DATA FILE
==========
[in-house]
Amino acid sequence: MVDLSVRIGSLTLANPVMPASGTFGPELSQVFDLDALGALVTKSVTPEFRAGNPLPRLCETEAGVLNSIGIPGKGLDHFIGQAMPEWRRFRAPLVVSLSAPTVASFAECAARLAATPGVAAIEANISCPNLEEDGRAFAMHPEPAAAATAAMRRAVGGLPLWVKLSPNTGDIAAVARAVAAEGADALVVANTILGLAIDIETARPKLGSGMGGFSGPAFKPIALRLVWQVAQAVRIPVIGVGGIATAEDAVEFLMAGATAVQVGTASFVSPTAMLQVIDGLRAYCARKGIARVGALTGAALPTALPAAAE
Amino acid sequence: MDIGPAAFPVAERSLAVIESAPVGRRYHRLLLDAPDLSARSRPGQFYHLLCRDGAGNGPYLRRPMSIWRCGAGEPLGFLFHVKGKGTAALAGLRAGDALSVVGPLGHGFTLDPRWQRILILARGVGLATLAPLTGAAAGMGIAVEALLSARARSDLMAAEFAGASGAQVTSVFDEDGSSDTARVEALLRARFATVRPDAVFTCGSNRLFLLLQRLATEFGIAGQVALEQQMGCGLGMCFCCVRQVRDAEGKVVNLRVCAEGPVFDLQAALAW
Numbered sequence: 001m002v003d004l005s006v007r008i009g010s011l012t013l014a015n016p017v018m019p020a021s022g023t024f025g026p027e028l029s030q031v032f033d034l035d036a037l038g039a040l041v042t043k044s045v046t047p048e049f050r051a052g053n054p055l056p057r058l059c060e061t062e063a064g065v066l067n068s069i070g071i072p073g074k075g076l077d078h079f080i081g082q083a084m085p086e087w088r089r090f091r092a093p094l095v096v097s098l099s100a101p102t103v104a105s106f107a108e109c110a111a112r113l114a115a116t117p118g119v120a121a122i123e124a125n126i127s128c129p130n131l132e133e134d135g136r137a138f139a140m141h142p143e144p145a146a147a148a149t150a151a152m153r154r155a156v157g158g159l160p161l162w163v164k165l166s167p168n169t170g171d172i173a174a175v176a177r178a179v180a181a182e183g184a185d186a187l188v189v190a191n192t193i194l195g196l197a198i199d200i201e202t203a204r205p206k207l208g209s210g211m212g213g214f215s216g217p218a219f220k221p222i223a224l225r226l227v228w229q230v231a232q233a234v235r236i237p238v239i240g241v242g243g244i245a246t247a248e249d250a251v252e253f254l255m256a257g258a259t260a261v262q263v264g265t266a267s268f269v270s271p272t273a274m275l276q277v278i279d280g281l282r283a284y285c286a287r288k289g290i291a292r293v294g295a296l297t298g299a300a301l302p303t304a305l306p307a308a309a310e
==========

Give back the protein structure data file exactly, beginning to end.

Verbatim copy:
[in-house]
Amino acid sequence: MVDLSVRIGSLTLANPVMPASGTFGPELSQVFDLDALGALVTKSVTPEFRAGNPLPRLCETEAGVLNSIGIPGKGLDHFIGQAMPEWRRFRAPLVVSLSAPTVASFAECAARLAATPGVAAIEANISCPNLEEDGRAFAMHPEPAAAATAAMRRAVGGLPLWVKLSPNTGDIAAVARAVAAEGADALVVANTILGLAIDIETARPKLGSGMGGFSGPAFKPIALRLVWQVAQAVRIPVIGVGGIATAEDAVEFLMAGATAVQVGTASFVSPTAMLQVIDGLRAYCARKGIARVGALTGAALPTALPAAAE
Amino acid sequence: MDIGPAAFPVAERSLAVIESAPVGRRYHRLLLDAPDLSARSRPGQFYHLLCRDGAGNGPYLRRPMSIWRCGAGEPLGFLFHVKGKGTAALAGLRAGDALSVVGPLGHGFTLDPRWQRILILARGVGLATLAPLTGAAAGMGIAVEALLSARARSDLMAAEFAGASGAQVTSVFDEDGSSDTARVEALLRARFATVRPDAVFTCGSNRLFLLLQRLATEFGIAGQVALEQQMGCGLGMCFCCVRQVRDAEGKVVNLRVCAEGPVFDLQAALAW
Numbered sequence: 001m002v003d004l005s006v007r008i009g010s011l012t013l014a015n016p017v018m019p020a021s022g023t024f025g026p027e028l029s030q031v032f033d034l035d036a037l038g039a040l041v042t043k044s045v046t047p048e049f050r051a052g053n054p055l056p057r058l059c060e061t062e063a064g065v066l067n068s069i070g071i072p073g074k075g076l077d078h079f080i081g082q083a084m085p086e087w088r089r090f091r092a093p094l095v096v097s098l099s100a101p102t103v104a105s106f107a108e109c110a111a112r113l114a115a116t117p118g119v120a121a122i123e124a125n126i127s128c129p130n131l132e133e134d135g136r137a138f139a140m141h142p143e144p145a146a147a148a149t150a151a152m153r154r155a156v157g158g159l160p161l162w163v164k165l166s167p168n169t170g171d172i173a174a175v176a177r178a179v180a181a182e183g184a185d186a187l188v189v190a191n192t193i194l195g196l197a198i199d200i201e202t203a204r205p206k207l208g209s210g211m212g213g214f215s216g217p218a219f220k221p222i223a224l225r226l227v228w229q230v231a232q233a234v235r236i237p238v239i240g241v242g243g244i245a246t247a248e249d250a251v252e253f254l255m256a257g258a259t260a261v262q263v264g265t266a267s268f269v270s271p272t273a274m275l276q277v278i279d280g281l282r283a284y285c286a287r288k289g290i291a292r293v294g295a296l297t298g299a300a301l302p303t304a305l306p307a308a309a310e